As it prepares to air its 500th episode on February 19, The Simpsons is now firmly established in modern American history as a cultural masterpiece.

Smarty-pants professors with Ph.D.s discuss the show in the heady jargon of academe at scholarly conferences and in journal articles and books; the venerable Oxford English Dictionary has added Homer’s exasperated grunt "D'oh" to its list of officially recognized words; and the United States Postal Service has issued a series of first class stamps bearing portraits of the members of the Simpson family.

The show has been embraced by the establishment. It has become a “classic.” To praise its many virtues has become orthodoxy.

It was not always so, however. When The Simpsons first appeared as a spin-off from "The Tracey Ullman Show" in the final weeks of the 1980s, many people were not happy.

President George H.W. Bush, speaking in favor of the American family in 1992, compared "The Simpsons" to "The Waltons" and found "The Simpsons" wanting in terms of what a family should be.

While Bill Cosby was still playing the head of the utopian Huxtable family in 1991, he lamented that Bart Simpson was a very bad role model. And, of course, as “Bartmania” gripped the culture in the early seasons of The Simpsons, legions of middle-school teachers had a cow, man, when their newly-empowered underachievers showed up to class in T-shirts commanding them not to.

By the late 1990s, however, anyone who watched the show had to concede that it was a lot more than just a snotty cartoon.

In 1998, Robert Pinsky, then holder of the highbrow title of poet laureate of the United States, praised the “brilliant” and “masterful” nature of the show in the New York Times magazine.

In 2001, two very earnest books about the series were published: "The Simpsons and Philosophy" was a collection of essays, mostly by scholars, that explored the fundamentals of philosophic thought through the lens of the program, and "The Gospel According to the Simpsons" examined the theological and spiritual aspects of the show. The latter title was used in study groups in churches across the country.

Not only did the cultural attitudes toward the show change as the seasons progressed, but how we viewed each episode could change as we grew older.

At the age of ten, one might watch an installment of the show just for the misbehaving antics of Bart. At the age of eighteen, one might watch the very same episode and derive pleasure from all the references to politics and popular culture that one had completely missed on the earlier viewing.

The older and wiser one gets, the more one sees in any given episode of The Simpsons.

This is one reason why "The Simpsons" may turn out to be the most enduring and rerun-able television series of all time.

Like a fine poem, each time you encounter it you find something new. There are other reasons to predict a bright future for the show in syndication, online, and on DVDs long after it has ceased production.

Given its unique animated style, the show will never become dated by the clothing or hairstyles of the characters, neither of which were ever “in style” in the first place.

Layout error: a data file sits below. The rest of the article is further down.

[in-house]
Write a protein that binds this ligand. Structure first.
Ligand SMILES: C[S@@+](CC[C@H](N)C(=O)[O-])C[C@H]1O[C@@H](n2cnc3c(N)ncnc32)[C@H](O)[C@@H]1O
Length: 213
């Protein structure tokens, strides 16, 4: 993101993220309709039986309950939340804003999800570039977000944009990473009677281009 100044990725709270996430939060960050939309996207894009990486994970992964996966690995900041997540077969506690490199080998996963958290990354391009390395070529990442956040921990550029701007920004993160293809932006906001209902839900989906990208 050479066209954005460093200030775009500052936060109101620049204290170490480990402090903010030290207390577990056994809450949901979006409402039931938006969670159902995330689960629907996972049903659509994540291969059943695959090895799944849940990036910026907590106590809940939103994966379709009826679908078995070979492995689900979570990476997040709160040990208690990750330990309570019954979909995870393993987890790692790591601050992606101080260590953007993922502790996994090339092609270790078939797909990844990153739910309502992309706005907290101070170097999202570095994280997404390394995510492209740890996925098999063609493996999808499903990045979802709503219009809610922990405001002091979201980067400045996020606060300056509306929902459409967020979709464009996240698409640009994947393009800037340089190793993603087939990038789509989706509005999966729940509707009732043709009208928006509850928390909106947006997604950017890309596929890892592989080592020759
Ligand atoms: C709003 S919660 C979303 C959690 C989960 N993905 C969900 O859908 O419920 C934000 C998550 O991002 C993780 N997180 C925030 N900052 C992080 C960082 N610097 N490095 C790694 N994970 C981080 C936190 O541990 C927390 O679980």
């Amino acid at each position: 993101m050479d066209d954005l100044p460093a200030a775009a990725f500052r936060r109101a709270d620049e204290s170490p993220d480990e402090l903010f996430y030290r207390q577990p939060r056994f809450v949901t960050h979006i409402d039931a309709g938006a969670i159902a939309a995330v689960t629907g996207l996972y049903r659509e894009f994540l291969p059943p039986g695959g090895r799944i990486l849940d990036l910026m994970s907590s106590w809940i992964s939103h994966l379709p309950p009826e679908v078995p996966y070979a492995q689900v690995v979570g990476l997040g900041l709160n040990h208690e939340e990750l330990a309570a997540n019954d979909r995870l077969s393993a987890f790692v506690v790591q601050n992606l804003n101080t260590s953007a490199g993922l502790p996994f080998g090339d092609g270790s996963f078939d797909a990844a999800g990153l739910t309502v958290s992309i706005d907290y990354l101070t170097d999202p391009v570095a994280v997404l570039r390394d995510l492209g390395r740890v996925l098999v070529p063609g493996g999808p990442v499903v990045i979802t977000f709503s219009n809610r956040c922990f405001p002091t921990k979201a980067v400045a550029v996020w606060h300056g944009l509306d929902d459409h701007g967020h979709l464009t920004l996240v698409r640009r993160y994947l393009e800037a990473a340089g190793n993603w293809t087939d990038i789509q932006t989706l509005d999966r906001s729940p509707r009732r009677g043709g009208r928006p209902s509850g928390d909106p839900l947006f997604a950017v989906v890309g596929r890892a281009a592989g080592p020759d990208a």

Furthermore, there are already enough episodes to rerun the show five days a week for nearly two years without repeating a single episode.

One of the reasons that a TV show like "I Love Lucy" continues to find an audience over a half-century after the final episode was filmed is that the comedy of that show is timeless: it didn’t depend much upon contemporary references to what was going on in the world at the time.

Some might argue that fifty years from now, the social, political, and cultural satire that made "The Simpsons" so hip will be incomprehensible to later generations who will have no knowledge of what much of that satire is referring to.

It might also be argued, however, that "The Simpsons" will act as a kind of museum of the culture of the last decade of the 20th century and the first decades of the 21st.

This may already be happening, in fact.

Many of my undergraduate students have revealed to me that all that they know about the likes of Tony Bennett, Elizabeth Taylor, Peter Frampton, Amy Tan, and John Updike is what they learned watching reruns of "The Simpsons." One student even told me that she had begun reading the extensive oeuvre of Thomas Pynchon after she saw the reclusive author appear twice on "The Simpsons." Pynchon, it should be pointed out, writes very challenging post-modernist novels that most professors don’t expect their students to read even when they are assigned.

Over the last decade or so, many have opined that "The Simpsons" has passed its prime--it’s lost its edge; jumped the shark--and some of that may be true. It may also be true that after the latest contract expires, it may be time to call it a day.

Still, I think that even a bad episode of "The Simpsons" is better than most of the rest of the comedy on broadcast television, and that we’ll continue to watch this show for many, many years to come.

Robert J. Thompson is the founding director of the Bleier Center for Television and Popular Culture at Syracuse University, where he is also a Trustee Professor of Television and Popular Culture at the S.I. Newhouse School of Public Communications. He was a visiting professor for six summers at Cornell University and served for nine years as professor and director of the N.H.S.I. Television and Film Institute at Northwestern University.